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Sen. Elizabeth Warren and other Democratic lawmakers stepped up their campaign against Carl Icahn on Tuesday, charging that the White House's designated agency ethics official previously provided paid legal services to the billionaire corporate-raider turned Trump administration adviser.

The Massachusetts senator and other Democrats sent a letter to the Office of Government Ethics Director Walter Shaub urging him to provide information about ethics rules and how they might apply to President Trump's deputy White House counsel and designated agency ethics official, Stefan Passantino.

According to the Democrats, Passantino had previously provided paid legal services to Icahn, who is a senior adviser to Trump. Passantino also provided paid legal services to Secretary of Health and Human Services Tom Price and Secretary of Housing and Urban Development Ben Carson, they added.

As a deputy White House counsel and the designated agency ethics official, Passantino is responsible for implementing and overseeing ethics requirements that apply to Icahn and other top government officials.

Specifically, the letter pointed to Passantino's employment at Atlanta-based law firm Dentons US LLP until 2015. Prior to that Passantino was a partner at McKenna, Long & Aldridge LLP between 2003 and 2015. (Dentons merged with McKenna Long & Aldridge LLP in 2015). The letter noted that Passantino's ethics form disclosed that he earned "compensation exceeding $5,000 in a year" from Icahn Capital after providing the activist company with "legal services."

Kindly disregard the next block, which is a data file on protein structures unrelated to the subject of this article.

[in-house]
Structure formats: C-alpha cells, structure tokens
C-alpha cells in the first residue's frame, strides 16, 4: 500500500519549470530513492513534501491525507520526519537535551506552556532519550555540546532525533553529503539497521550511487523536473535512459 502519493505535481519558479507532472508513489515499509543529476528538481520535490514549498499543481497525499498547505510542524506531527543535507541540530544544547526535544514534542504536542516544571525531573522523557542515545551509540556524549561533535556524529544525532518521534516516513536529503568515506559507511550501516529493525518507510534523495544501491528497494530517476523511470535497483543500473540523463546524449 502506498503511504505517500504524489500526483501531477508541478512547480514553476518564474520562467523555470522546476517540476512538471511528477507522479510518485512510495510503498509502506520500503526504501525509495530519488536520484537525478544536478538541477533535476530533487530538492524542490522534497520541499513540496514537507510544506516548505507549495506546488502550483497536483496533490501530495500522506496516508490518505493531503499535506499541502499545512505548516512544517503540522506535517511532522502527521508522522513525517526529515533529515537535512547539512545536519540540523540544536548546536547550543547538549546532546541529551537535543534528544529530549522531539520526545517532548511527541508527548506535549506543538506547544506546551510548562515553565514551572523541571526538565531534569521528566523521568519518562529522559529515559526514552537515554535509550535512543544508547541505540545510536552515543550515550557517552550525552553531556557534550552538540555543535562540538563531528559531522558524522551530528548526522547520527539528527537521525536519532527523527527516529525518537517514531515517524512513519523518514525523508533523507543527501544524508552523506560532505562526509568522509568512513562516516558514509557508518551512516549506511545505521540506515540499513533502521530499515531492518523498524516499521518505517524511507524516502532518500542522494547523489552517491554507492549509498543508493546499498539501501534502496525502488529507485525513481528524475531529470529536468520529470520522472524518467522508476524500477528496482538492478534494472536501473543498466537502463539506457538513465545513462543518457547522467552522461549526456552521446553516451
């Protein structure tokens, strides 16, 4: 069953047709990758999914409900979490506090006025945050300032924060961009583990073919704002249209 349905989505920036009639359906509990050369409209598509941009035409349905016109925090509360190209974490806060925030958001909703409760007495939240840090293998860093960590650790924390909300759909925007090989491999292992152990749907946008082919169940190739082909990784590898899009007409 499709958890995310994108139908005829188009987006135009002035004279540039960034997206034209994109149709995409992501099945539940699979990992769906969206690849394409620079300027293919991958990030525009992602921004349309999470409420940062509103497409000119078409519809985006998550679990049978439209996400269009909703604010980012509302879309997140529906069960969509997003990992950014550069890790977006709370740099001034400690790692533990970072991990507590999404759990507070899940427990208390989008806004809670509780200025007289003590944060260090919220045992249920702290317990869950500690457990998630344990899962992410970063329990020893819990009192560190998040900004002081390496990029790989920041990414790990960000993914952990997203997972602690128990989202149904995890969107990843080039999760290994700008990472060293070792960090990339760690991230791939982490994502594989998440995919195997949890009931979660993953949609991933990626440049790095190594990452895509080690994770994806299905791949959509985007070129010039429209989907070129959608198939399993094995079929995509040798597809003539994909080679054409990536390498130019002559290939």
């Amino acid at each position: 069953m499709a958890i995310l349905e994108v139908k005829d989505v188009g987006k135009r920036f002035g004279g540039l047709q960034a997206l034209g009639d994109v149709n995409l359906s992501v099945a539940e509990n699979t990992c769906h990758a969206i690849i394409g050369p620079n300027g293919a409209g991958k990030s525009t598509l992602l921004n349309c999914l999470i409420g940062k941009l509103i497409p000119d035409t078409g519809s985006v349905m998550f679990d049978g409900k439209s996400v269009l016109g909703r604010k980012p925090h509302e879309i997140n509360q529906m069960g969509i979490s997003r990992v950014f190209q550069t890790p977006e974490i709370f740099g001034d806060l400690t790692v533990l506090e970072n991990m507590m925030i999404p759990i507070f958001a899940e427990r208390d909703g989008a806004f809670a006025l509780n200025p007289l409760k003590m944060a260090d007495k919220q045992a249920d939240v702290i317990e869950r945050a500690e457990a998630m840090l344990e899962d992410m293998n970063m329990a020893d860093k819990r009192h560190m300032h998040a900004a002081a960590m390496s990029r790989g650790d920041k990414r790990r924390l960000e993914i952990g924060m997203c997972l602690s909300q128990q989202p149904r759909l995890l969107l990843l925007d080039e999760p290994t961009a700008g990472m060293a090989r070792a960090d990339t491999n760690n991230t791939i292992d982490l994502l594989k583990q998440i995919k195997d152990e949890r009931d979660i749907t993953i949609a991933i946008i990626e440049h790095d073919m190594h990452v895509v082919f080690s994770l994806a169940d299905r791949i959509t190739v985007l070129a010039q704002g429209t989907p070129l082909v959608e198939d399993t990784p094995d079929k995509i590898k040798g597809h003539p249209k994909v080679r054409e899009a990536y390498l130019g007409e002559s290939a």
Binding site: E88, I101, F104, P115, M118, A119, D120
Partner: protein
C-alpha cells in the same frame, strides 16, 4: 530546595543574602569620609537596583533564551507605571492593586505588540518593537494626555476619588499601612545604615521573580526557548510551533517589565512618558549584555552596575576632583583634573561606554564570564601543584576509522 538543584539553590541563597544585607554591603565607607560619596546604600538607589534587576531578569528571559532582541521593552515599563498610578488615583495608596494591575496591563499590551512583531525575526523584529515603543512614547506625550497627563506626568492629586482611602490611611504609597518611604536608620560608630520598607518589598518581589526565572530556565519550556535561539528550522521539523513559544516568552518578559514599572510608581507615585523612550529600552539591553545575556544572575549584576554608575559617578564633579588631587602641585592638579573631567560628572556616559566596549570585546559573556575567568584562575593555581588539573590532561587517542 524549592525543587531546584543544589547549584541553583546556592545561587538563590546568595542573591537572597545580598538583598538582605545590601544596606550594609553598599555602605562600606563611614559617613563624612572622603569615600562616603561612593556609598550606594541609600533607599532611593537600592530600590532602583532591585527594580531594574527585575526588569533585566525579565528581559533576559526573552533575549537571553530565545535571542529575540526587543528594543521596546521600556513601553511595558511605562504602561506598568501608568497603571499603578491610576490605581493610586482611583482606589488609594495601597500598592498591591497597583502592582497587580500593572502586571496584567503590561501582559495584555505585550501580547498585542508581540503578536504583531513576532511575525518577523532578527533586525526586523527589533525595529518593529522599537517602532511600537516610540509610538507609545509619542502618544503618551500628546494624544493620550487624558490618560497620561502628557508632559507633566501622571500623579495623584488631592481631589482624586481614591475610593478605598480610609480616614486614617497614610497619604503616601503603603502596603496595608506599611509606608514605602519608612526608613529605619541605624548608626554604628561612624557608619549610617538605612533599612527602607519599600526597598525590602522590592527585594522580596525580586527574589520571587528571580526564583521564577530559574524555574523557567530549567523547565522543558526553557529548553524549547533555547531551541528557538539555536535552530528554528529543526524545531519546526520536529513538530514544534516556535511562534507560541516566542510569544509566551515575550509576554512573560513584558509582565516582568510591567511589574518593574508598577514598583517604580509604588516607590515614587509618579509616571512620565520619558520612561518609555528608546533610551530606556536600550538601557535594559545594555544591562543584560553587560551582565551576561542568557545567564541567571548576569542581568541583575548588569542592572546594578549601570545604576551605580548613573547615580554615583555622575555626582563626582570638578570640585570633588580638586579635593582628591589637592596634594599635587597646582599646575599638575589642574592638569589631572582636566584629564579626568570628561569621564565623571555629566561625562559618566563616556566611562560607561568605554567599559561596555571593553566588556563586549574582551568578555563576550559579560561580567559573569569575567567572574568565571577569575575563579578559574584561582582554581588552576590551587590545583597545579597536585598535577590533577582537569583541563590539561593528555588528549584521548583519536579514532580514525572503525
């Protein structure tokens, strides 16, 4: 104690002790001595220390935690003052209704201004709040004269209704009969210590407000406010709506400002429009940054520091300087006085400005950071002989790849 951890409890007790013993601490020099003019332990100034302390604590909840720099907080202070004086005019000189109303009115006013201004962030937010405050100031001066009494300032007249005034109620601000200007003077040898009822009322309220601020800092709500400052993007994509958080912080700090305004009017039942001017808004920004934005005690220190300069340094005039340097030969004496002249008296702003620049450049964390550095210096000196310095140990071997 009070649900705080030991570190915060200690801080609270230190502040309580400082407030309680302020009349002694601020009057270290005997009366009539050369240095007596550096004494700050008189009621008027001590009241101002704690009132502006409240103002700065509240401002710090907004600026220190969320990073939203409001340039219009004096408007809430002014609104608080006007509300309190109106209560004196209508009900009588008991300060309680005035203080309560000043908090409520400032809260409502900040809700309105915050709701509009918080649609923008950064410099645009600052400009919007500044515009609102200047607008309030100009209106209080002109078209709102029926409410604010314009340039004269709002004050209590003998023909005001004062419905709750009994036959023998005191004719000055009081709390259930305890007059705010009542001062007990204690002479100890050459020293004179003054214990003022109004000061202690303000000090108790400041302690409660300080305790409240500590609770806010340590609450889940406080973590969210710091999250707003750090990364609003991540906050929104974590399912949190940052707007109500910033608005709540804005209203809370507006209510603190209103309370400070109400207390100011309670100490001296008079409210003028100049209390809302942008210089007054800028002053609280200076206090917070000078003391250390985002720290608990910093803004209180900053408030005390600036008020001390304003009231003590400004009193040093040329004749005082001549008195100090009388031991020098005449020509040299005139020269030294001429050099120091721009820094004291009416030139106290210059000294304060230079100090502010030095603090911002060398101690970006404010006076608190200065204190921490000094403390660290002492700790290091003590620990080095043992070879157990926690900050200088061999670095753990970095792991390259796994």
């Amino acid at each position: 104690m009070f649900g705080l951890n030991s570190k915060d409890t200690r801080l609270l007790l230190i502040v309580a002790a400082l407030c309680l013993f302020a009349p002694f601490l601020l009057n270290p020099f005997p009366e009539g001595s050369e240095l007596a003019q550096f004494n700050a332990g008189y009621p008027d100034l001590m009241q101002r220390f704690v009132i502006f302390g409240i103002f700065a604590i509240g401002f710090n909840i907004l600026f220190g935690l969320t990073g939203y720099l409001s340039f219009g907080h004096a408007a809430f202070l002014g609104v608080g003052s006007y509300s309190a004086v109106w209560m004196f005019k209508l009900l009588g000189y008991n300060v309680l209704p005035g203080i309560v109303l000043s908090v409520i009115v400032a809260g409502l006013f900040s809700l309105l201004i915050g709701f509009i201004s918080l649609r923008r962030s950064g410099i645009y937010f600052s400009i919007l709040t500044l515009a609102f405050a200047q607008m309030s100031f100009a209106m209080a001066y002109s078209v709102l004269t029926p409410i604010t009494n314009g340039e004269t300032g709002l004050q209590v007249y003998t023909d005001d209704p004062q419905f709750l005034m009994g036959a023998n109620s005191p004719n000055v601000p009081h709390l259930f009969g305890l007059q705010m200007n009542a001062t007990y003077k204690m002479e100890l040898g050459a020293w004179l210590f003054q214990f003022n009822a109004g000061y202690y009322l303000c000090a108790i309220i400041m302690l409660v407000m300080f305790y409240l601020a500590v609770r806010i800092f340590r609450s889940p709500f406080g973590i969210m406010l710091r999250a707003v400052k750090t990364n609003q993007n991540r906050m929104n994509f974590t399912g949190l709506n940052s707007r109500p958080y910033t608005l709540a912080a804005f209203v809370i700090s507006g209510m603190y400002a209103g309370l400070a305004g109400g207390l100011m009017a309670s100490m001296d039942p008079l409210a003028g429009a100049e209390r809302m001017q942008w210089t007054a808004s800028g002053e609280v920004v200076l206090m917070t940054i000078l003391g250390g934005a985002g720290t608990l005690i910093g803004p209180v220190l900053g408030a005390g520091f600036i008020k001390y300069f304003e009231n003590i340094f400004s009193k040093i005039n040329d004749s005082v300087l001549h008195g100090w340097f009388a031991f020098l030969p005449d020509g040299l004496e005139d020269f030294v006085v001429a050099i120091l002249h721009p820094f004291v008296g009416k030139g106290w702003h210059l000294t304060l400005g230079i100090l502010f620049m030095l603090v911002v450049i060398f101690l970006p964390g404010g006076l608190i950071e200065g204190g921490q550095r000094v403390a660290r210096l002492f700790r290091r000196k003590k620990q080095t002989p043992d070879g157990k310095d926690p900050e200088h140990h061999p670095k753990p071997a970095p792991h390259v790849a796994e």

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An Icahn official didn't return a request for comment.

The letter is the latest escalation in a campaign launched by Democrats against Icahn over his role in the Trump administration. It comes after Warren and a group of Democratic lawmakers last week demanded a probe into Icahn's activities into the biofuels market, focusing on possible insider trading. 

The Democrats argued that Icahn, as an unpaid adviser to Trump, recommended personnel and policies that they assert caused the price of renewable fuel credits to drop. They argued that the investments resulted in a $50 million turnaround from Icahn's initial investment.

At the center of their concerns is Icahn's majority control of CVR Energy (CVI) - Get CVR Energy, Inc. Report , an oil refiner that has a significant interest in the renewable fuel credit market. 

In December, Trump tapped Icahn as a special adviser for overhauling federal regulations. At the time, Trump said, "Carl was with me from the beginning and with his being one of the world's great businessmen, that was something I truly appreciated." Trump added that Icahn was not only a business man but a "brilliant negotiator" and someone who "is innately able to predict the future especially having to do with finances and economies."